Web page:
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tv   Politics Nation With Al Sharpton  MSNBC  July 13, 2019 2:00pm-3:00pm PDT

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that does it for me this hour. i'm richard lui. you can follow me on twitter, instagram, and facebook. for now i turn it over to reverend al sharpton and "politicsnation." good evening and welcome to "politicsnation." tonight's lead, the state of louisiana remains on high alert as tropical storm barry makes landfall, downgraded from a category 1 hurricane, but still slay slated to unload. massive amounts of rain falling, sustained winds on a region still recovering from hurricane
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katrina. we'll have the latest on the storm and we'll talk to our reporter on the ground in louisiana shortly. but first, politics. president trump defends his outgoing labor secretary alex acosta as the ripple effects of billionaire financier jeffrey epstein on child sex trafficking charges shook the white house this week. with acosta resigning. my colleague, joy reid, joins me later in the show with her take on the scandal. and just when donald trump decided he wasn't a fan of the man, he called, quote, a terrific guy once upon a time. robert mueller's congressional testimony turnover russia probe pushed back to july 24th, giving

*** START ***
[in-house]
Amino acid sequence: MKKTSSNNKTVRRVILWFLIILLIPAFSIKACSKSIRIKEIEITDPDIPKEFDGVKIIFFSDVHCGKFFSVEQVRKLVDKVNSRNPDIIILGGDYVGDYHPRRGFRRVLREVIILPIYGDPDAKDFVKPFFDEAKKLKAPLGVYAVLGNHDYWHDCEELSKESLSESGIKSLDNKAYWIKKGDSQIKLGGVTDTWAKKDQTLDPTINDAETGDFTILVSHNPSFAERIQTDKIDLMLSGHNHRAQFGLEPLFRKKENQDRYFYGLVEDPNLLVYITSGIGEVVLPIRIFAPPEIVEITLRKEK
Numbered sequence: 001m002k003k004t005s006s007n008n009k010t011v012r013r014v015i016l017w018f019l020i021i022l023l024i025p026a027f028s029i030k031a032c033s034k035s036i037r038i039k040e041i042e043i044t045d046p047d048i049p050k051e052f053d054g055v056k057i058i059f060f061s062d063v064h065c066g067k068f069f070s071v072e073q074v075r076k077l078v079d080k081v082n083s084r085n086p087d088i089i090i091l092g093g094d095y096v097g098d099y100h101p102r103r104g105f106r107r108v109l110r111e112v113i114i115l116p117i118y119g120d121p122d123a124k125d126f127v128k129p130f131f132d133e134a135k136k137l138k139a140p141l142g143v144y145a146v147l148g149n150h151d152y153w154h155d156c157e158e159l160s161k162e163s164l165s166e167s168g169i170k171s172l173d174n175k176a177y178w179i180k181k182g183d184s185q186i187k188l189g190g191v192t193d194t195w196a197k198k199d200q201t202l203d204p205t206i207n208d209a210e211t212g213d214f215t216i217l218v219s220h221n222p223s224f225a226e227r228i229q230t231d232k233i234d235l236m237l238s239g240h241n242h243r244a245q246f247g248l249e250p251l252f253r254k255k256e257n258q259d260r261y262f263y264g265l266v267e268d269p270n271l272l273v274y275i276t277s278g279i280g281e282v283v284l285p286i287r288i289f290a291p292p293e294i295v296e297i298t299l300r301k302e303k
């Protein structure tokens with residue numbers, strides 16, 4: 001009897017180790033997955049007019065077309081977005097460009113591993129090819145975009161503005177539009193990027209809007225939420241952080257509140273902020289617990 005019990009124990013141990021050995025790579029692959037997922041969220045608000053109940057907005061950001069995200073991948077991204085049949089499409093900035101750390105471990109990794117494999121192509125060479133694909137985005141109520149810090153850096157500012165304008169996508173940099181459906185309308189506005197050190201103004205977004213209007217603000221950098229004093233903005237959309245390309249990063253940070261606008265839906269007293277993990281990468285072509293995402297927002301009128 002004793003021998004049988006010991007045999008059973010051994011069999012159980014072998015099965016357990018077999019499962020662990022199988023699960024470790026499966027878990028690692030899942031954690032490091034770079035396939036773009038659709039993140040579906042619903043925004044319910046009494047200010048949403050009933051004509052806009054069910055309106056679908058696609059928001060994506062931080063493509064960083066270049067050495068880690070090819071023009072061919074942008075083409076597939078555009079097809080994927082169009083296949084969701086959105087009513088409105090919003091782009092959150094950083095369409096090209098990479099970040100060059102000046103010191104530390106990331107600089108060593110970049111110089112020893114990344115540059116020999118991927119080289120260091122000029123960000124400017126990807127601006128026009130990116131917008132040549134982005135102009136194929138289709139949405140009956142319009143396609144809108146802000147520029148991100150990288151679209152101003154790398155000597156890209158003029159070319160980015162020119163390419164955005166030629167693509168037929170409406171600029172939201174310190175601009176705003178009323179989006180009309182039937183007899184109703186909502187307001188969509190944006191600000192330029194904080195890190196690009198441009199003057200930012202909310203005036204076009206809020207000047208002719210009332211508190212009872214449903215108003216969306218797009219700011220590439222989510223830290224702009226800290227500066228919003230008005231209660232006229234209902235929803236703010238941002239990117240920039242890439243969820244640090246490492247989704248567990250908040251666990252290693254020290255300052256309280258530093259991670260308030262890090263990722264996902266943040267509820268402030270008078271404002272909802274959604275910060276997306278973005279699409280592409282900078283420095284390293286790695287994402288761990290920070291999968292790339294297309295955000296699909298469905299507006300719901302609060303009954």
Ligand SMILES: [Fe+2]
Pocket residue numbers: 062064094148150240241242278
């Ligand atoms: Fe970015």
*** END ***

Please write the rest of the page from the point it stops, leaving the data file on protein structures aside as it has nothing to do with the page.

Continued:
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republicans in and out of congress more time to sharpen their attacks on the former special counsel for daring to follow the rule of law and comply with the subpoena. we'll get into all of it in the course of the next hour. later, congresswoman ilhan omar joins me to talk about the sweeping immigration raids scheduled to begin tomorrow in several major cities. one of which, new orleans, was spared only because of the storm threat barreling down on it. that's where we start because with all that's going on in washington, it's what's happening right now across much of louisiana that still tnachl nation's attention. barry landed and is on a collision course with central louisiana. nearly 14 years after hurricane katrina made the region